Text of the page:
The Achievable Dream 5-part series - the definitive guide on DVD for planning your motorcycle adventure. Get Ready! covers planning, paperwork, medical and many other topics! "Inspirational and Awesome!" See the trailer here!
Gear Up! is a 2-DVD set, 6 hours! Which bike is right for me? How do I prepare the bike? What stuff do I need - riding gear, clothing, camping gear, first aid kit, tires, maps and GPS? What don't I need? How do I pack it all in? Lots of opinions from over 150 travellers! "This DVD will save you a fortune!"See the trailer here!
So you've done it - got inspired, planned your trip, packed your stuff and you're on the road! This section is about staying healthy, happy and secure on your motorcycle adventure. And crossing borders, war zones or oceans!
On the Road! is 5.5 hours of the tips and advice you need to cross borders, break down language barriers, overcome culture shock, ship the bike and deal with breakdowns and emergencies."Just makes me want to pack up and go!" See the trailer here!
Tire Changing!Grant demystifies the black art of Tire Changing and Repair to help you STAY on the road! "Very informative and practical." See the trailer here!
Ladies on the Loose! For the first time ever, a motorcycle travel DVD made for women, by women! These intrepid women share their tips to help you plan your own motorcycle adventure. They also answer the women-only questions, and entertain you with amazing tales from the road! Presented by Lois Pryce, veteran solo traveller through South America and Africa and author of 'Lois on the Loose', and 'Red Tape and White Knuckles.'
"It has me all fired up to go out on my own adventure!" See the trailer here!
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I am planning a southern crossing of Asia next year on my bike and I am formulating Plan "B" in case I am refused an Iranian visa. The Iranian visa sounds like its going to be tough to get as an American.
An alternative route appears to be through the Central Asia "Stans" to Kyrgystan and through a few hundred miles of China to the top of the KKH in Pakistan. I have corresponded with David at Stantours and it sounds like Central Asian visas can be obtained sucessfully (with a bit of work).
As indicated in the following thread, a couple of folks make it into China from Kyrgystan sucessfully but there are still issues:
1. Attempt to get myself and the bike into China from Kyrgystan with a Chinese visa, carnet, international driver's license and hope for the best. If its been done before, maybe I have a chance, but how would I know until I try it?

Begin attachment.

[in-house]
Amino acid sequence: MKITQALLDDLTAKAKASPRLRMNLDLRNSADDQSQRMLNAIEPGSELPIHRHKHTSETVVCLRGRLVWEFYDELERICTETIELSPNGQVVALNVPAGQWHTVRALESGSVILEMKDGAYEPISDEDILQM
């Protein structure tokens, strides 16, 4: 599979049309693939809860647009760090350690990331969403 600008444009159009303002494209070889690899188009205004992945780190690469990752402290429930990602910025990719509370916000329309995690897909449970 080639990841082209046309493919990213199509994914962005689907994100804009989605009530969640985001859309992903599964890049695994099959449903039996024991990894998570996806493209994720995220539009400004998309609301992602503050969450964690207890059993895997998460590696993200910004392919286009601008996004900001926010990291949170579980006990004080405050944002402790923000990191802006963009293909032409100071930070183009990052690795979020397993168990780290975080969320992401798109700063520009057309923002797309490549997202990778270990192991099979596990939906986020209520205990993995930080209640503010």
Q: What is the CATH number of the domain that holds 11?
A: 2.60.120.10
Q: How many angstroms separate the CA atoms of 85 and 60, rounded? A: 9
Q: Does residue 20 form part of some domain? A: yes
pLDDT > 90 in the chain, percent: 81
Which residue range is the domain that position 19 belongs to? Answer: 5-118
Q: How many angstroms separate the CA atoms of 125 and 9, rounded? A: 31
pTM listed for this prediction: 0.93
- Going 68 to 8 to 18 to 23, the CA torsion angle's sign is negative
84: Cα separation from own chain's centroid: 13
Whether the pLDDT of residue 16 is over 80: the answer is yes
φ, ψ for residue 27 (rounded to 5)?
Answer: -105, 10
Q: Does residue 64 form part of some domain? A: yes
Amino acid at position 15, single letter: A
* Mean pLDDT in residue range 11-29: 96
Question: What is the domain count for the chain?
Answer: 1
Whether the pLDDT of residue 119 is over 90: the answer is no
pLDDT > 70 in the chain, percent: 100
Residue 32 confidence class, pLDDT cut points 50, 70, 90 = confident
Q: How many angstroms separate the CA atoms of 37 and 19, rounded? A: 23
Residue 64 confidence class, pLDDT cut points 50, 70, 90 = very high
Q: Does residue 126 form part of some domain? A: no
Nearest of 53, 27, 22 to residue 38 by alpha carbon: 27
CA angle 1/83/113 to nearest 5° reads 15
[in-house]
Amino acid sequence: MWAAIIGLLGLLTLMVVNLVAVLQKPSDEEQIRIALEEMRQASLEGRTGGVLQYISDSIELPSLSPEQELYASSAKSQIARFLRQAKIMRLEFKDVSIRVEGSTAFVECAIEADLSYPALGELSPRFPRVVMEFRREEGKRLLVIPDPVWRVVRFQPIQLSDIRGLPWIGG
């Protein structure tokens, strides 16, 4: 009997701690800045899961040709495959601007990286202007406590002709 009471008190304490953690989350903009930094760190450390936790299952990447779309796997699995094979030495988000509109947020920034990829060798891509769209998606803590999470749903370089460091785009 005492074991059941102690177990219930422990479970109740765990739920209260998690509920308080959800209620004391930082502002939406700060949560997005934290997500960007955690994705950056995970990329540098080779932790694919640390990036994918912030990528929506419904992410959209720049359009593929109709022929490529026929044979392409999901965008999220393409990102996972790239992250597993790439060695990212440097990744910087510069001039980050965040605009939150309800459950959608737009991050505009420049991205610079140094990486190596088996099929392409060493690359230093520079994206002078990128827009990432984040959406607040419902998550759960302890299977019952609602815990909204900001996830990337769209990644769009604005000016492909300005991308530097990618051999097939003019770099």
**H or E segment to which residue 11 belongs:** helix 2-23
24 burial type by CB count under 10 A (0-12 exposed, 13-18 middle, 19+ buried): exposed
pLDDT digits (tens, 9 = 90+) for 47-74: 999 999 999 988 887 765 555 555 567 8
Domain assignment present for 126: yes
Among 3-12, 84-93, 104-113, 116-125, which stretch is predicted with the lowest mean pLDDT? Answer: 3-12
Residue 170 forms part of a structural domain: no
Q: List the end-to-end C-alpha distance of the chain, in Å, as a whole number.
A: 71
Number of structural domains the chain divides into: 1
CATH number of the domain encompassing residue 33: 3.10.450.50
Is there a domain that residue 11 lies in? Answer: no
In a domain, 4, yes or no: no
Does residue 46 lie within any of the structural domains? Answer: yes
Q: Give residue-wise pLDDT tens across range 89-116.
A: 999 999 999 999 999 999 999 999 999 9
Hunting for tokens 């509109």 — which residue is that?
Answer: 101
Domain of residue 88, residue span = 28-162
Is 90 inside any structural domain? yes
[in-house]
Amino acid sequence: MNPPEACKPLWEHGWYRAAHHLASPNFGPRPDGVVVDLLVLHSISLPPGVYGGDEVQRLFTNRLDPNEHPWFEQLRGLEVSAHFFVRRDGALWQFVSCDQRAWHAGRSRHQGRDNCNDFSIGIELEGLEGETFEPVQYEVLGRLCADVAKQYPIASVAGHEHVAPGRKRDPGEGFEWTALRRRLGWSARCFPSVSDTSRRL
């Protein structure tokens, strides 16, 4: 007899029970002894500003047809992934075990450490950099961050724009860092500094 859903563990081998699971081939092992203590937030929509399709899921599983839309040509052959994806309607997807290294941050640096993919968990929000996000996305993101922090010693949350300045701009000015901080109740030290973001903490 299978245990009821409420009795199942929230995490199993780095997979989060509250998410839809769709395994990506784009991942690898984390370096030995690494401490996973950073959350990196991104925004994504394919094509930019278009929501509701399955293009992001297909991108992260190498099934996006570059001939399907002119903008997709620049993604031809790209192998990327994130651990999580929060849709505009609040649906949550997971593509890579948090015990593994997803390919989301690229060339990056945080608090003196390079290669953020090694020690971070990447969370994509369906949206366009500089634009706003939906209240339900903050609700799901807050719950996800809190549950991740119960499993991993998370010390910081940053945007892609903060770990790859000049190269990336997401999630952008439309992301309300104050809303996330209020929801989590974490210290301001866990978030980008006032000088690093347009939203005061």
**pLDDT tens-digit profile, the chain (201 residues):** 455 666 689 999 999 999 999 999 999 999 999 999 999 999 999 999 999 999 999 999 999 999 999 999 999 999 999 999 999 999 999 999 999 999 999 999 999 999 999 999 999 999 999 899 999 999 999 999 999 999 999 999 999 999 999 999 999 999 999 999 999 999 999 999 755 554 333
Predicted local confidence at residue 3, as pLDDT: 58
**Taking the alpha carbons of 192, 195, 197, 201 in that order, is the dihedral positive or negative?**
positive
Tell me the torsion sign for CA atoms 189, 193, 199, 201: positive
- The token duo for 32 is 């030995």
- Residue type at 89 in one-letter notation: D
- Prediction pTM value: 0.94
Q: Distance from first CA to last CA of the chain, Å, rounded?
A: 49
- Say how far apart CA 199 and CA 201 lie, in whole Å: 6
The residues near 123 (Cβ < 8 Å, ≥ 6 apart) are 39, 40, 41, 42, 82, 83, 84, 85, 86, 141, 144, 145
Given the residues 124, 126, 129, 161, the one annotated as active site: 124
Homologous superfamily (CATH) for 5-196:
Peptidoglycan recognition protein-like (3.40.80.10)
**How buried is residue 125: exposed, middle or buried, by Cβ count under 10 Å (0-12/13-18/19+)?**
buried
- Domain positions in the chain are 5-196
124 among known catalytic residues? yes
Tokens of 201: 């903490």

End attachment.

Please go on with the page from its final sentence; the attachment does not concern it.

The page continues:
2. Hire a guide to take me and the bike across the short distance of China to Pakistan, I would think this could be done at a reasonable cost, since the amount of time in China would be short. But what about the licensing requirements even with a guide?
3. Hire a truck driver to load the bike onto a truck and drive it through China to the top of the KKH. I would think that plenty of goods are shipped on this route, so maybe this is feasible? If I wasn't "riding" the bike, would the same regulations apply that are typical for bikes in China? How realistic is this option?
4. Ship by air from Kyrgystan to Pakistan. This would be a bad option, I would think.
5. Ride all the way back to Turkey the way I started originally and figure out Plan "C" before the winter sets in. The worst option.
Any comments on which of the above options would be feasible? Options 1, 2 & 3 are really the only ones I would want to consider. Is shipping the bike the short distance through China via truck a realistic back-up plan?
BTW, I would be shooting for crossing into Pakistan in September or October of 2005.
[This message has been edited by davidmc (edited 21 December 2004).]
By all means try first to get an Iranian visa. They just may give you one, if they feel like it.
My plan B would be to drive Europe - Russia (Moscow), Kazakstan (the easiest of the -stans) and enter China at Urumchi, then south to Kashgar and KKH into Pakistan. You should have no problems securing the required escort through China if you spend money (They will take care of Chinese licence for bike, insurance, and your Chinese driver's licence). Carnet is useless in China. Putting motorcycle on truck is impossible. Who will guarantee that you will not unload it at the next corner. Carnet is necessary in Pakistan and Iran, if you get visas.
Plan C could be to make your way from
Europe to the Emirates (Abu Dhabi, Dubai) and pick up a cheap flight to Karachi or Islamabad.
You don't want to be stuck in one of the -stans, e.g. at the Chinese border, and having to turn back or airfreighting out.
Take option 1 or 2.